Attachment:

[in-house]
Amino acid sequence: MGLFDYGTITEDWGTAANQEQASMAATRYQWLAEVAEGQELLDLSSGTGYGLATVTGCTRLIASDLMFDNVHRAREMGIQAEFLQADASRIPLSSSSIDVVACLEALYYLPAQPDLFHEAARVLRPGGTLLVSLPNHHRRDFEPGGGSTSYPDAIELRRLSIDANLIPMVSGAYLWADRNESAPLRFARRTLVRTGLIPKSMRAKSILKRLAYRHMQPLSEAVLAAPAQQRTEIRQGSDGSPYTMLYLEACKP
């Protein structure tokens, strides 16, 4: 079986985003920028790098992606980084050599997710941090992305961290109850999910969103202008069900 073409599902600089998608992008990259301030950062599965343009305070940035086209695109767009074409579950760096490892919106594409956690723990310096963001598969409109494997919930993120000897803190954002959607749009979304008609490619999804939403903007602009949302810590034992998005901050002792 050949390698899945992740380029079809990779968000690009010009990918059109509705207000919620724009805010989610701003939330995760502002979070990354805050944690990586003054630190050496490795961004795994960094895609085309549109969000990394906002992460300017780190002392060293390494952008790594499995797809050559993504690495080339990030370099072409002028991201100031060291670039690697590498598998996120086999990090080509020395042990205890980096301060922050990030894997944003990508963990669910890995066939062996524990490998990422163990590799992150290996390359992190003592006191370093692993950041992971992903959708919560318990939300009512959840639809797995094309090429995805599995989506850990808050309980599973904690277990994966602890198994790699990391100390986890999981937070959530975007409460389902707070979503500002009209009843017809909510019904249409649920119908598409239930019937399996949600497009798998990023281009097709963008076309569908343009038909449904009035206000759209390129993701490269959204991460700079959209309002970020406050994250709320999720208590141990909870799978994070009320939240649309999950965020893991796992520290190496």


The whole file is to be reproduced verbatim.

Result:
[in-house]
Amino acid sequence: MGLFDYGTITEDWGTAANQEQASMAATRYQWLAEVAEGQELLDLSSGTGYGLATVTGCTRLIASDLMFDNVHRAREMGIQAEFLQADASRIPLSSSSIDVVACLEALYYLPAQPDLFHEAARVLRPGGTLLVSLPNHHRRDFEPGGGSTSYPDAIELRRLSIDANLIPMVSGAYLWADRNESAPLRFARRTLVRTGLIPKSMRAKSILKRLAYRHMQPLSEAVLAAPAQQRTEIRQGSDGSPYTMLYLEACKP
């Protein structure tokens, strides 16, 4: 079986985003920028790098992606980084050599997710941090992305961290109850999910969103202008069900 073409599902600089998608992008990259301030950062599965343009305070940035086209695109767009074409579950760096490892919106594409956690723990310096963001598969409109494997919930993120000897803190954002959607749009979304008609490619999804939403903007602009949302810590034992998005901050002792 050949390698899945992740380029079809990779968000690009010009990918059109509705207000919620724009805010989610701003939330995760502002979070990354805050944690990586003054630190050496490795961004795994960094895609085309549109969000990394906002992460300017780190002392060293390494952008790594499995797809050559993504690495080339990030370099072409002028991201100031060291670039690697590498598998996120086999990090080509020395042990205890980096301060922050990030894997944003990508963990669910890995066939062996524990490998990422163990590799992150290996390359992190003592006191370093692993950041992971992903959708919560318990939300009512959840639809797995094309090429995805599995989506850990808050309980599973904690277990994966602890198994790699990391100390986890999981937070959530975007409460389902707070979503500002009209009843017809909510019904249409649920119908598409239930019937399996949600497009798998990023281009097709963008076309569908343009038909449904009035206000759209390129993701490269959204991460700079959209309002970020406050994250709320999720208590141990909870799978994070009320939240649309999950965020893991796992520290190496």